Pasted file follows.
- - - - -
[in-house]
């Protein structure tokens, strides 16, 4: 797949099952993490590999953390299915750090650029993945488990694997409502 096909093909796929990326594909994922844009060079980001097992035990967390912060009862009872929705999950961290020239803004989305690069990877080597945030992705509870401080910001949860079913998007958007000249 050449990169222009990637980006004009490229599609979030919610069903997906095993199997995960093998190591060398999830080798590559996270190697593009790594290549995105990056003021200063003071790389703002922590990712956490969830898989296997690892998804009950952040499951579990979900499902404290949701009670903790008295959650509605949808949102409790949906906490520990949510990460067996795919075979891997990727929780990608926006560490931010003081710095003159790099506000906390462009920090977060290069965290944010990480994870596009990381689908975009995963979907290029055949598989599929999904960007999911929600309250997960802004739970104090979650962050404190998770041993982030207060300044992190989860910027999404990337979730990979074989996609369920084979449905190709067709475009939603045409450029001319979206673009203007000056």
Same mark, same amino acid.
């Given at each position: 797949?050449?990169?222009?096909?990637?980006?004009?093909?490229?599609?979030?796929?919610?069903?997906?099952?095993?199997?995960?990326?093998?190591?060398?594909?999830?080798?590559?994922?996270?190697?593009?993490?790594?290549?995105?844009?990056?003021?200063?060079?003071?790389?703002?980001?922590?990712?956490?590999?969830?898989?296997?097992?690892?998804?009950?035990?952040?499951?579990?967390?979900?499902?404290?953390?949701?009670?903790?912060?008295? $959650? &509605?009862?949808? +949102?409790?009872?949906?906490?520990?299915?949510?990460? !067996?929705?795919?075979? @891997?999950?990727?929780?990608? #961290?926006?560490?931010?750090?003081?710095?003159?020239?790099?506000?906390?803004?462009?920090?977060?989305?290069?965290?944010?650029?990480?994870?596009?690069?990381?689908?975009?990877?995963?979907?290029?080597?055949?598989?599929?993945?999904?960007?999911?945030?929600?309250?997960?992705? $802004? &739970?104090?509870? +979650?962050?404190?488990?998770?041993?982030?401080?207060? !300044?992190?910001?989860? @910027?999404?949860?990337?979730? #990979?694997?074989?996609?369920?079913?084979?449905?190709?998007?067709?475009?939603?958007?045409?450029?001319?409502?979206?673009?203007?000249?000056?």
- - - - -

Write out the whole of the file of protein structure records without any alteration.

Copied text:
[in-house]
């Protein structure tokens, strides 16, 4: 797949099952993490590999953390299915750090650029993945488990694997409502 096909093909796929990326594909994922844009060079980001097992035990967390912060009862009872929705999950961290020239803004989305690069990877080597945030992705509870401080910001949860079913998007958007000249 050449990169222009990637980006004009490229599609979030919610069903997906095993199997995960093998190591060398999830080798590559996270190697593009790594290549995105990056003021200063003071790389703002922590990712956490969830898989296997690892998804009950952040499951579990979900499902404290949701009670903790008295959650509605949808949102409790949906906490520990949510990460067996795919075979891997990727929780990608926006560490931010003081710095003159790099506000906390462009920090977060290069965290944010990480994870596009990381689908975009995963979907290029055949598989599929999904960007999911929600309250997960802004739970104090979650962050404190998770041993982030207060300044992190989860910027999404990337979730990979074989996609369920084979449905190709067709475009939603045409450029001319979206673009203007000056």
Same mark, same amino acid.
């Given at each position: 797949?050449?990169?222009?096909?990637?980006?004009?093909?490229?599609?979030?796929?919610?069903?997906?099952?095993?199997?995960?990326?093998?190591?060398?594909?999830?080798?590559?994922?996270?190697?593009?993490?790594?290549?995105?844009?990056?003021?200063?060079?003071?790389?703002?980001?922590?990712?956490?590999?969830?898989?296997?097992?690892?998804?009950?035990?952040?499951?579990?967390?979900?499902?404290?953390?949701?009670?903790?912060?008295? $959650? &509605?009862?949808? +949102?409790?009872?949906?906490?520990?299915?949510?990460? !067996?929705?795919?075979? @891997?999950?990727?929780?990608? #961290?926006?560490?931010?750090?003081?710095?003159?020239?790099?506000?906390?803004?462009?920090?977060?989305?290069?965290?944010?650029?990480?994870?596009?690069?990381?689908?975009?990877?995963?979907?290029?080597?055949?598989?599929?993945?999904?960007?999911?945030?929600?309250?997960?992705? $802004? &739970?104090?509870? +979650?962050?404190?488990?998770?041993?982030?401080?207060? !300044?992190?910001?989860? @910027?999404?949860?990337?979730? #990979?694997?074989?996609?369920?079913?084979?449905?190709?998007?067709?475009?939603?958007?045409?450029?001319?409502?979206?673009?203007?000249?000056?």